I think of myself as a fairly environmentally friendly guy. I recycle every week; I bought recycled blue jean insulation to re-insulate the attic of my 90 year old house (that I purposely purchased in a neighborhood with extensive amenities within walking distance); I keep my thermostat at 60 all winter; I use biodegradable bags for my dog’s business; when I eat somewhere that doesn’t recycle I bring my cans and bottles home; I eat almost exclusively organic; I don’t use synthetic fertilizers or weed killers on my lawn; I have shade trees surrounding my house; I don’t eat meat. I know there is more I can do, but I think of myself as more environmentally conscious than the average guy.
Its funny how one day, you can be content in who you are and how you live and the next you see or hear, or do, something that makes the walls of complacency and self satisfaction come toppling down on your head – making you wish you wore a helmet. I had one of those days last week. It started as one of my favorite days at MOM’s, new magazine day. This is the day that we get boxes and boxes of magazines delivered. It is like Christmas every month! I love magazines and I eagerly await each shipment to see what’s new in the world. After hungrily tearing open a box and digging through the contents, I came across Dwell. I’ve always been a fan of Dwell mainly because I’m a fan of all things weird and useless, and Dwell is usually chock full of weird and useless stuff.
The main headline on the cover said “Rethink Recycling.” That intrigued me, so I started to flip through and on page 72, I came across the most striking photo. It was a picture that showed a city with garbage piled every where, you can see it through the windows of buildings, on the street and on the roof tops. This is a neighborhood on the outskirts of Cairo, and the people who live there collect all of Cairo’s trash. They are able to reuse or sell 80% of all the garbage received, which – ask any urban planner or waste management company in the nation – is an amazing feat.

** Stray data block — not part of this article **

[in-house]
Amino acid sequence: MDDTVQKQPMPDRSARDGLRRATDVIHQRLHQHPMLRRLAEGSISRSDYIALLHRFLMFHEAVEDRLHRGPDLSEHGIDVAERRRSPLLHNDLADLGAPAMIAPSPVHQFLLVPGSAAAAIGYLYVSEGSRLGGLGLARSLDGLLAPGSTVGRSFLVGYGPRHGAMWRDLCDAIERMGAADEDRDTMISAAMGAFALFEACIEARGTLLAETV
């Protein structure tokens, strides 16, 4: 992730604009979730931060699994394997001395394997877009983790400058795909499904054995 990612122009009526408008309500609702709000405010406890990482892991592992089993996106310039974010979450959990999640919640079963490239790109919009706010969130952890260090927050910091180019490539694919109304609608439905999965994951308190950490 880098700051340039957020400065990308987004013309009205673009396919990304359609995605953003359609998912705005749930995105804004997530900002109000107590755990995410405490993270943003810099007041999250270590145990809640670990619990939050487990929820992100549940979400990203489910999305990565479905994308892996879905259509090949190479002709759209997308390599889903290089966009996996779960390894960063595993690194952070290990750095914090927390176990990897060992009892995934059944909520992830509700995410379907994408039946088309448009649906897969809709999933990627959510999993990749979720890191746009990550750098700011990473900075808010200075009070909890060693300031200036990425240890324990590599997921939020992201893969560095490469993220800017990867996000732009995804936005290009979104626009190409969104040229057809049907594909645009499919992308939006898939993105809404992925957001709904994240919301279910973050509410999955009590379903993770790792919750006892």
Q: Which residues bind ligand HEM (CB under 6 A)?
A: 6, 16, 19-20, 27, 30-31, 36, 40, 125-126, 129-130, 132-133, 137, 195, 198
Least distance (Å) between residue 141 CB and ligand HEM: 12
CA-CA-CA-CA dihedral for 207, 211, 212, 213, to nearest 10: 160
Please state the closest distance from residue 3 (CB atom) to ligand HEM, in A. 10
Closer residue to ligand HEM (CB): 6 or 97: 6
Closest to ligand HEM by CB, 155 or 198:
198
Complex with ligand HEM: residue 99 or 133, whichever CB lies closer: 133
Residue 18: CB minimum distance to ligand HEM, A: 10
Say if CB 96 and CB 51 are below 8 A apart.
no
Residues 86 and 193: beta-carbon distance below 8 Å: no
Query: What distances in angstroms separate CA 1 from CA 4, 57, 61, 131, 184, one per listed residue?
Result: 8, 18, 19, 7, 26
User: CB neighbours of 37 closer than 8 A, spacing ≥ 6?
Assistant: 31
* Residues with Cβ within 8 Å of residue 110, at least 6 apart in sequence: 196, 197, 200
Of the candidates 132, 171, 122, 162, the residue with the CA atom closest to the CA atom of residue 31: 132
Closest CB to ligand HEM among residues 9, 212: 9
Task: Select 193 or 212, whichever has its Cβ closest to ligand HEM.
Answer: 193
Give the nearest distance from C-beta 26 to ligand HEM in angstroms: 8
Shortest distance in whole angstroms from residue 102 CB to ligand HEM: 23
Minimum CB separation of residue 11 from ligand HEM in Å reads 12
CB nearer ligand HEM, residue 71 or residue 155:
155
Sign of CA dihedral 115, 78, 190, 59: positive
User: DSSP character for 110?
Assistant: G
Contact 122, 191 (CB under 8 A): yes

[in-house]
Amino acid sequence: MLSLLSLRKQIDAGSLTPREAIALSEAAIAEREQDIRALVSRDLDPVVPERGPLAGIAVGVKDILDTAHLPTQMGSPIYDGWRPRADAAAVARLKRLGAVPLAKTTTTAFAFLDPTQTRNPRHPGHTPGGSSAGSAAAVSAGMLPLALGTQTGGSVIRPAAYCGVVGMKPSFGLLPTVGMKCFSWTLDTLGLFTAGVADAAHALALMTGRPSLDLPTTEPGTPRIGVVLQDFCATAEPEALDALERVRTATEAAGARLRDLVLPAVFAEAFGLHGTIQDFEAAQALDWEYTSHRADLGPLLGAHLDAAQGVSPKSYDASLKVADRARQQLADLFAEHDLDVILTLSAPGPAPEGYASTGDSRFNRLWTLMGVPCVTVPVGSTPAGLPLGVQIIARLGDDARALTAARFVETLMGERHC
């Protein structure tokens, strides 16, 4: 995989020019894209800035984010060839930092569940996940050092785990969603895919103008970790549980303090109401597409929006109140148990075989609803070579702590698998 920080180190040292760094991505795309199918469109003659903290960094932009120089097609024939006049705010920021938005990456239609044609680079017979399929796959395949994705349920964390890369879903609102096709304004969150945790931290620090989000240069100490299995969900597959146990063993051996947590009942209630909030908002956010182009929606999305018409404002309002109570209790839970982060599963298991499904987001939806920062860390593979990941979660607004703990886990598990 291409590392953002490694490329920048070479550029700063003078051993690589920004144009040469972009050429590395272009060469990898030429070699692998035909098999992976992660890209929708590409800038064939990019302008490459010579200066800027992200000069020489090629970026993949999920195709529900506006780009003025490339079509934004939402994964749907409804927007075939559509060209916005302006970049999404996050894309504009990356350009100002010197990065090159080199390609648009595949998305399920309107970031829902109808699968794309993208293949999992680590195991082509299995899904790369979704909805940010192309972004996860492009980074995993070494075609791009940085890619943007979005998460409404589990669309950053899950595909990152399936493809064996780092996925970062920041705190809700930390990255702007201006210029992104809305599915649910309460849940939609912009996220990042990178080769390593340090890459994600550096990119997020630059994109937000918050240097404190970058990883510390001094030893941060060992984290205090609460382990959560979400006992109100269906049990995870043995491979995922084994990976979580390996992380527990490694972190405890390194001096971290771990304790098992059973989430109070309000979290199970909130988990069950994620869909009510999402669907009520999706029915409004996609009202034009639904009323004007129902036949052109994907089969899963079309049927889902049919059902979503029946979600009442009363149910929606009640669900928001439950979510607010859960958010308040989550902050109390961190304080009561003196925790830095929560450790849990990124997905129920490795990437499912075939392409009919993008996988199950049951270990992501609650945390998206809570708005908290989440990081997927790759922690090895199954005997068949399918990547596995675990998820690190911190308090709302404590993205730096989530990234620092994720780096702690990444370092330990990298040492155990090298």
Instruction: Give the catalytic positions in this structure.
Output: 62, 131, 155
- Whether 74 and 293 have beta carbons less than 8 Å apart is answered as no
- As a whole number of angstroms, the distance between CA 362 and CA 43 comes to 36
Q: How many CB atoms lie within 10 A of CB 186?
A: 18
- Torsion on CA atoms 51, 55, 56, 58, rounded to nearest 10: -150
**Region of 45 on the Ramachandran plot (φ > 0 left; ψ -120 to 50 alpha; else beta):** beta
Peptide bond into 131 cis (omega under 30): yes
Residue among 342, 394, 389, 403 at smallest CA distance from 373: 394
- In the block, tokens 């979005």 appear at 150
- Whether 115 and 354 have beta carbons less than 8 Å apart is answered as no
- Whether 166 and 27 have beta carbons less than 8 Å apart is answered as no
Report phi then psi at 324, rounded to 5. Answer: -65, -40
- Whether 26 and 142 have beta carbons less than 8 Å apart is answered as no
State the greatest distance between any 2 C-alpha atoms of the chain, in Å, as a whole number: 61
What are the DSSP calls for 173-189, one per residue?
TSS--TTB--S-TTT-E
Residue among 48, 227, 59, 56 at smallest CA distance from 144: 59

The picture stopped me dead in my tracks, and I’ve been thinking about it for days. My wife and I produce about 6 bags of trash a month. Its not as much as I used to, and not nearly the 8 – 10 bags per week that my family produced growing up, but add that up and its significant. What really blew my mind was thinking about what I would do if I had to fend for myself with my trash. What would I do if the garbage man didn’t come every Wednesday and whisk my waste away to a land of magic, where I no longer have to think about it? What would I do with the plastic wrap from my left overs? Or the old sponges I can’t use? Or the kitty litter, when I change the litter boxes? What would I do if I had to live with, and in, my garbage? I don’t really have an answer, but now I’m going to do something I’ve never done before – really think about my household waste and how I can eliminate it, especially the stuff that can’t be recycled or reused, because I do that already.
I decided that this is a problem I need to start addressing now. I gave myself a modest challenge, by the end of February I will only contribute ONE bag per week to the magic land of “out of sight, out of mind”. I’m not sure yet how I’m going to do it, but when I get home tonight, I’m going to dig through that trash and figure out just exactly what it is I throw away.
Dan works at Rockville MOM’s.